Detlef Hartung – Georg Trenz



public art






Rock of Loreley


Everyone is familiar with the hit lists of the most beautiful words, of threatened words, of the un–words of the year, of the contaminated words: Sinneswandel (change of heart), Geistesblitz (brainstorm), Augenblick (moment), Sehnsucht (yearning), Fürsprache (advocacy), Zeitlupe (slow motion), Fernweh (wanderlust), Habseligkeit (belongings), Kulturbeutel (toiletries bag), Denkungsart (way of thinking), Wertarbeit (fine worksmanship), Sommerfrische (summer resort), Reiseruf (emergency call to traveller), Rennpappe ('racing pasteboard', a reference to the Trabant car), Papperlapapp (hogwash), Laufpass (roughly: 'the order of the boot'), Augenstern ('the apple of ones eye'), Dauerlauf (endurance run), and Sendeschluss (end of transmission), but also Dunkeldeutschland ('dark Germany', a negative term for East Germany), Gewinnwarnung (profit warning), Humankapital ('human capital'), Besserverdienende (higher earners), Ausreisezentrum (departure centre) or Freisetzung (release).
These words are heard year in, year out in the media and in places of popular discussion, bearing popular witness to the transformation and evolution of the German language and its very rich lexicon.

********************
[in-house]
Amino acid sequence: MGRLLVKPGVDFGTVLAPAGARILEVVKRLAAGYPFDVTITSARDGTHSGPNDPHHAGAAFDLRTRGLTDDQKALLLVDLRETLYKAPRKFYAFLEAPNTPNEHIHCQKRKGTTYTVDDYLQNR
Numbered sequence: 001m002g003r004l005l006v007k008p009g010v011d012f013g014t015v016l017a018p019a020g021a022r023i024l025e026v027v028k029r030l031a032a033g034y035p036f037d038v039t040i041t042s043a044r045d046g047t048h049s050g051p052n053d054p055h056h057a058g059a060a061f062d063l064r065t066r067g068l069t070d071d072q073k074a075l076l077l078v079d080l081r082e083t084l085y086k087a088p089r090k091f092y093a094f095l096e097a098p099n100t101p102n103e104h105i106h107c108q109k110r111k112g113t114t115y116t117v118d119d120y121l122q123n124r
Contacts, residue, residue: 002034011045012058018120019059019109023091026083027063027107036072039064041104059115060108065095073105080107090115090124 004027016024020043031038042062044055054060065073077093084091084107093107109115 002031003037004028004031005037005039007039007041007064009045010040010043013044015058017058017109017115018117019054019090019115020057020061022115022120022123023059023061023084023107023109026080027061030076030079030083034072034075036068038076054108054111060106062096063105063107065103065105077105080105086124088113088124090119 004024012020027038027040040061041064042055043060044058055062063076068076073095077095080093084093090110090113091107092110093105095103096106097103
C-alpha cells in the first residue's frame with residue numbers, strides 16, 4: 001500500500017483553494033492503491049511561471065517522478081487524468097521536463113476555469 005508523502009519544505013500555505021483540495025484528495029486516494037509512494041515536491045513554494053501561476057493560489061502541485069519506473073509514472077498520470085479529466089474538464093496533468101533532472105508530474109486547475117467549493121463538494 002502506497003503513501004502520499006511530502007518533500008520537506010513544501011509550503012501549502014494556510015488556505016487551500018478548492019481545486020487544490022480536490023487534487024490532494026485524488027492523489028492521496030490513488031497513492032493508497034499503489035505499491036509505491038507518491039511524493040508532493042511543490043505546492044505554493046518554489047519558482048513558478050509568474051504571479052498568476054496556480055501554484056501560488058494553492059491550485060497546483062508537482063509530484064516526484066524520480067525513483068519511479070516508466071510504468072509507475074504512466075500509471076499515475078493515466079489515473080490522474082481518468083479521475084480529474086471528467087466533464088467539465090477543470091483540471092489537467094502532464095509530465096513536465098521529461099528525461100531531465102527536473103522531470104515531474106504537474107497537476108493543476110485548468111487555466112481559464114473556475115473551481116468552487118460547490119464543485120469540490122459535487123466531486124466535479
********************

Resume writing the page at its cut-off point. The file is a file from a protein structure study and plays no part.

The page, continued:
Language is constantly in flux: it adapts, reinvents itself, responds to the zeitgeist, to events and to social developments. It is very difficult to know how lively or listless the flow of a language is, how fruitful or devastating its implications are, how regulated or natural the path in which it runs is, or what it leaves washed up on the shore in its wake. Only when one pauses, lifts oneself out of this movement and lets it pass on by does it reveal its true character. Then, the rushing sound of language surrounds us like the rushing sound of the river. What splashes away harmlessly one minute may become a devastating primal force the next!



Words are like water: they can swirl around something, can make it grow or destroy it. Equally, any word may acquire new connotations, depending upon linguistic usage and its freight of meanings.



More than any other German landscape feature, the Loreley rock in the Rhine embodies the polarity of beauty and catas-trophe, of harmony and shipwreck. Not for nothing has it been the subject of lyric poetry, literature and music throughout the ages, and a favoured spot for German mythology and romanticism. The Loreley has become a source of words and of language, one which reflects the German language.





In this projection, two PANI slide projectors project still images of a succession of words and terms from linguistic terminology onto the Lorelei rock. Two additional projectors are equipped with film drives that permit text to pass horizontally over the rock walls, like a ticker tape text.




This is a river of words of different sizes and meanings, flowing downstream, accompanying the Rhine for a brief stretch. The way the lines lie one atop the other cause one to read them in a jumping, non–linear way. Each word can come together with other words to create new meanings.
All of the different levels and codes of the German language sweep past the viewer at the same speed as the Rhine, representing, in fragmentary form, the way in which we think and speak today.
A complex meditation on language, word formation and language development, inspired by a place, a rock, a landscape, a river.
Language flows!